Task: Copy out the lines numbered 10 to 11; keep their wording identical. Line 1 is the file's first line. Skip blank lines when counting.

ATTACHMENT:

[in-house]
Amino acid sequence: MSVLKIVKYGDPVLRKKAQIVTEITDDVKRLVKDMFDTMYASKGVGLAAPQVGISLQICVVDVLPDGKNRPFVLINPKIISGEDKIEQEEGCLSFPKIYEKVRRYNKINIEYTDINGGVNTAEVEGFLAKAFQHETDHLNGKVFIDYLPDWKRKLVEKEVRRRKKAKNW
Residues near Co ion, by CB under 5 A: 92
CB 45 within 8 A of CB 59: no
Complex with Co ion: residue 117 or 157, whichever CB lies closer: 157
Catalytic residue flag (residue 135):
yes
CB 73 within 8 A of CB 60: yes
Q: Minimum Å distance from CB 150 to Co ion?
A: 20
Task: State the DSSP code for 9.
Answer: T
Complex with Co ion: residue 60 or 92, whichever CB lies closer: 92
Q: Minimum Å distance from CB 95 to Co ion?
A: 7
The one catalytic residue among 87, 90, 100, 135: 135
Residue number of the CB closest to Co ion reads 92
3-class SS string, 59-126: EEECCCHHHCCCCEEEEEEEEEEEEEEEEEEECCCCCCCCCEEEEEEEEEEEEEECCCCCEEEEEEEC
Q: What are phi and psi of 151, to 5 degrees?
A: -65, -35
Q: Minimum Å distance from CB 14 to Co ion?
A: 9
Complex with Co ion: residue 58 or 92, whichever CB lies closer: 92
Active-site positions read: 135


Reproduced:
A: 20
Task: State the DSSP code for 9.